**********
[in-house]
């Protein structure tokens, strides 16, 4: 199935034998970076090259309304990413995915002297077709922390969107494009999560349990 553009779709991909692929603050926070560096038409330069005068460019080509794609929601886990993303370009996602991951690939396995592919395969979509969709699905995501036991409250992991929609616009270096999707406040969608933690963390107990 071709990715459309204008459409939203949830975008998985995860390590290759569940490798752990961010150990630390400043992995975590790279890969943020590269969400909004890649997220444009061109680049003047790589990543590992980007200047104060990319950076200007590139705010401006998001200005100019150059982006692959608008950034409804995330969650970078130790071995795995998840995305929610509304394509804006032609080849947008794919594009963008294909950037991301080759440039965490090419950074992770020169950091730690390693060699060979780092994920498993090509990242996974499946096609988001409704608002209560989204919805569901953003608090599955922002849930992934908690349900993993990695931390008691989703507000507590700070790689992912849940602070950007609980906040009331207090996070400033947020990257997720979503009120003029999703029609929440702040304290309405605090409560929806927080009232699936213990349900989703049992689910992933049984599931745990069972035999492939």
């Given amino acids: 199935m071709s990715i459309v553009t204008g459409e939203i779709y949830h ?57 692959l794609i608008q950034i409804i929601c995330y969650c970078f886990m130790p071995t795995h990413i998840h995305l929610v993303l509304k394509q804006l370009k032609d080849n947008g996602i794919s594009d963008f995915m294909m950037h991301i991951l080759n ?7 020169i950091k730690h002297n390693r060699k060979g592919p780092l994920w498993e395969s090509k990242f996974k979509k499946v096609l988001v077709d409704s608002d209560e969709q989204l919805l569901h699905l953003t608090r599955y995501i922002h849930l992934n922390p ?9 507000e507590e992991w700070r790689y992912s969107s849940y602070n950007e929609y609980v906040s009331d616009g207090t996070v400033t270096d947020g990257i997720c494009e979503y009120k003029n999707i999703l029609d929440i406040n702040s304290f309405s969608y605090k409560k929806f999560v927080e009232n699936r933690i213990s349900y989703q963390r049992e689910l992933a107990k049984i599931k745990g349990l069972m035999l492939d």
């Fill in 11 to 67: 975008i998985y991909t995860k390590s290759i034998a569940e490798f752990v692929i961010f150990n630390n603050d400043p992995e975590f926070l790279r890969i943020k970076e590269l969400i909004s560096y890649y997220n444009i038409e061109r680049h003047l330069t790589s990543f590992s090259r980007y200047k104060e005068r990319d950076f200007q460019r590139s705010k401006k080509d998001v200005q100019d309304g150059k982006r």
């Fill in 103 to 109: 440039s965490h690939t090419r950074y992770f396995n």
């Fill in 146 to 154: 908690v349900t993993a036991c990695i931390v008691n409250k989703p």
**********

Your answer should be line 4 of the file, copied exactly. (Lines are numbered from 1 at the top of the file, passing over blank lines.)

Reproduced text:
């Fill in 11 to 67: 975008i998985y991909t995860k390590s290759i034998a569940e490798f752990v692929i961010f150990n630390n603050d400043p992995e975590f926070l790279r890969i943020k970076e590269l969400i909004s560096y890649y997220n444009i038409e061109r680049h003047l330069t790589s990543f590992s090259r980007y200047k104060e005068r990319d950076f200007q460019r590139s705010k401006k080509d998001v200005q100019d309304g150059k982006r």